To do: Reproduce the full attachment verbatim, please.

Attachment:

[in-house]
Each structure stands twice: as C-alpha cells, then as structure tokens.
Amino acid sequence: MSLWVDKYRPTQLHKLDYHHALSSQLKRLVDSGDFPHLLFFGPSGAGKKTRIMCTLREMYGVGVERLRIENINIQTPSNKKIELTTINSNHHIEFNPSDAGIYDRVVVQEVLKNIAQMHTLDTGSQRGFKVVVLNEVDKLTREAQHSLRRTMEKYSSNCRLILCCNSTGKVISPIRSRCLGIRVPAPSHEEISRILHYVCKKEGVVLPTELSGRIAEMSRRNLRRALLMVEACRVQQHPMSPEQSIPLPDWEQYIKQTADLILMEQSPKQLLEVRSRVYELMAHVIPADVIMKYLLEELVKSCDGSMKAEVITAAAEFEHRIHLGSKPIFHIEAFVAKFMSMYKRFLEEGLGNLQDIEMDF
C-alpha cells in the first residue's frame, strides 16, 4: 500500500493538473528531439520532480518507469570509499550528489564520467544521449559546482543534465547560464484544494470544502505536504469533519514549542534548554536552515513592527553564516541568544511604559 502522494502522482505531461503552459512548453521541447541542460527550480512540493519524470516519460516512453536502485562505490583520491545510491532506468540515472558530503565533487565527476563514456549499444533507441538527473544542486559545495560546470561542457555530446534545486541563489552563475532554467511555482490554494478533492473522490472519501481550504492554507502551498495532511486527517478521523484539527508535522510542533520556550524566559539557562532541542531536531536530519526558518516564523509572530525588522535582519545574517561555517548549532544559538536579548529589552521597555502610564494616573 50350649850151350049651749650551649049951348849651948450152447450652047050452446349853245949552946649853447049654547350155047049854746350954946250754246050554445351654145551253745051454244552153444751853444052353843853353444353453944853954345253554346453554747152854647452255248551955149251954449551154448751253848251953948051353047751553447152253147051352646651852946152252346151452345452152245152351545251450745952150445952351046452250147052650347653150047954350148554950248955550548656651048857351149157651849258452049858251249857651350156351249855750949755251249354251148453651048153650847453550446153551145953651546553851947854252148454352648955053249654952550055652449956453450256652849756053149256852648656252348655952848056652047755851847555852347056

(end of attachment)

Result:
[in-house]
Each structure stands twice: as C-alpha cells, then as structure tokens.
Amino acid sequence: MSLWVDKYRPTQLHKLDYHHALSSQLKRLVDSGDFPHLLFFGPSGAGKKTRIMCTLREMYGVGVERLRIENINIQTPSNKKIELTTINSNHHIEFNPSDAGIYDRVVVQEVLKNIAQMHTLDTGSQRGFKVVVLNEVDKLTREAQHSLRRTMEKYSSNCRLILCCNSTGKVISPIRSRCLGIRVPAPSHEEISRILHYVCKKEGVVLPTELSGRIAEMSRRNLRRALLMVEACRVQQHPMSPEQSIPLPDWEQYIKQTADLILMEQSPKQLLEVRSRVYELMAHVIPADVIMKYLLEELVKSCDGSMKAEVITAAAEFEHRIHLGSKPIFHIEAFVAKFMSMYKRFLEEGLGNLQDIEMDF
C-alpha cells in the first residue's frame, strides 16, 4: 500500500493538473528531439520532480518507469570509499550528489564520467544521449559546482543534465547560464484544494470544502505536504469533519514549542534548554536552515513592527553564516541568544511604559 502522494502522482505531461503552459512548453521541447541542460527550480512540493519524470516519460516512453536502485562505490583520491545510491532506468540515472558530503565533487565527476563514456549499444533507441538527473544542486559545495560546470561542457555530446534545486541563489552563475532554467511555482490554494478533492473522490472519501481550504492554507502551498495532511486527517478521523484539527508535522510542533520556550524566559539557562532541542531536531536530519526558518516564523509572530525588522535582519545574517561555517548549532544559538536579548529589552521597555502610564494616573 50350649850151350049651749650551649049951348849651948450152447450652047050452446349853245949552946649853447049654547350155047049854746350954946250754246050554445351654145551253745051454244552153444751853444052353843853353444353453944853954345253554346453554747152854647452255248551955149251954449551154448751253848251953948051353047751553447152253147051352646651852946152252346151452345452152245152351545251450745952150445952351046452250147052650347653150047954350148554950248955550548656651048857351149157651849258452049858251249857651350156351249855750949755251249354251148453651048153650847453550446153551145953651546553851947854252148454352648955053249654952550055652449956453450256652849756053149256852648656252348655952848056652047755851847555852347056